Maybe I'm sort of "old fashioned" in the way I approach my tiny stake in this environment: Just do the best you know how to do, have integrity and stand by what you feel is right. @denmarkguy
This is a quote that came in a comment a few minutes ago and one that I have spent my time on Steem doing for my entire time here. The reason I have taken this approach to Steem is very, very simple: it is what I do in life also.
I see that one of the most important aspects of living within a community successfully is having a character that people can trust, and the integrity to do the best one can, even when what that is changes with conditions. This is not always easy as there is the temptation to bend with the expectations of others and that is a slippery slope down to losing the thing that makes a person unique.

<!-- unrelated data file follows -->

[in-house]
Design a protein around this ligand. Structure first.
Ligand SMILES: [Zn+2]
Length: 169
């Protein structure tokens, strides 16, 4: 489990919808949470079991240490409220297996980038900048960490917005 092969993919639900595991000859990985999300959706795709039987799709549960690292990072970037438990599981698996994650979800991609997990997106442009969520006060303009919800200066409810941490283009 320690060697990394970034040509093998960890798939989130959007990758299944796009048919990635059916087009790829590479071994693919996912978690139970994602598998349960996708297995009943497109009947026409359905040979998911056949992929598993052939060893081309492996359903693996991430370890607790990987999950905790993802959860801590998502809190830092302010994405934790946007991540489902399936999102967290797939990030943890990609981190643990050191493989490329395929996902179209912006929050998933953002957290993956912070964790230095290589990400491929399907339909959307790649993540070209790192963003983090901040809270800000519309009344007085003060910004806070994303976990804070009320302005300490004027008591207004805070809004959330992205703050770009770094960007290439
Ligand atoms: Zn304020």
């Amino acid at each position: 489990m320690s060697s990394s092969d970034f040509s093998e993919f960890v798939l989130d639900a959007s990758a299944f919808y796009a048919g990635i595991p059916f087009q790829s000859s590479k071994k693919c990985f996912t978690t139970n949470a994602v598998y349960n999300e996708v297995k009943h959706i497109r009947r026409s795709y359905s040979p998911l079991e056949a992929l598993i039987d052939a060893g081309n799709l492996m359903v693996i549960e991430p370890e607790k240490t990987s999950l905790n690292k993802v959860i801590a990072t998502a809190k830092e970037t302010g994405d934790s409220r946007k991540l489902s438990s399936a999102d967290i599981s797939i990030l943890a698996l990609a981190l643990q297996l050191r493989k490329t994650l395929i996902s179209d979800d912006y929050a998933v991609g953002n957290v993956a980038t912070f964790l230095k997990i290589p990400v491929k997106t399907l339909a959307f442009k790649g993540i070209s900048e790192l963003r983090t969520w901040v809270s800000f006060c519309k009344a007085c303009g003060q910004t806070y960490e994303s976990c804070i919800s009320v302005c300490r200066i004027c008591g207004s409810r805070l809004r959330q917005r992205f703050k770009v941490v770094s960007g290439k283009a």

It is interesting how short some people's memories are and on a blockchain like Steem, this is going to get precarious as data is immutable and histories are connected. For me, I have remained consistent in my goals and even though my actions have shifted, the long-term view has remained solid.
I have talked about patience before and when it comes to Steem, crazy or not, I am very patient because I see a great deal of potential here, but I also understand that there is very little chance of moving ingrained habits quickly. I do believe though that at a bit at a time everything changes and we can direct those changes.
It has been two weeks or so since the Hardfork and people are hailing it a success or a failure depending on what position one might have, however it is actually neither. What the Hardfork was, was a stepping stone position, not a panacea for all of the negative aspects that afflict Steem.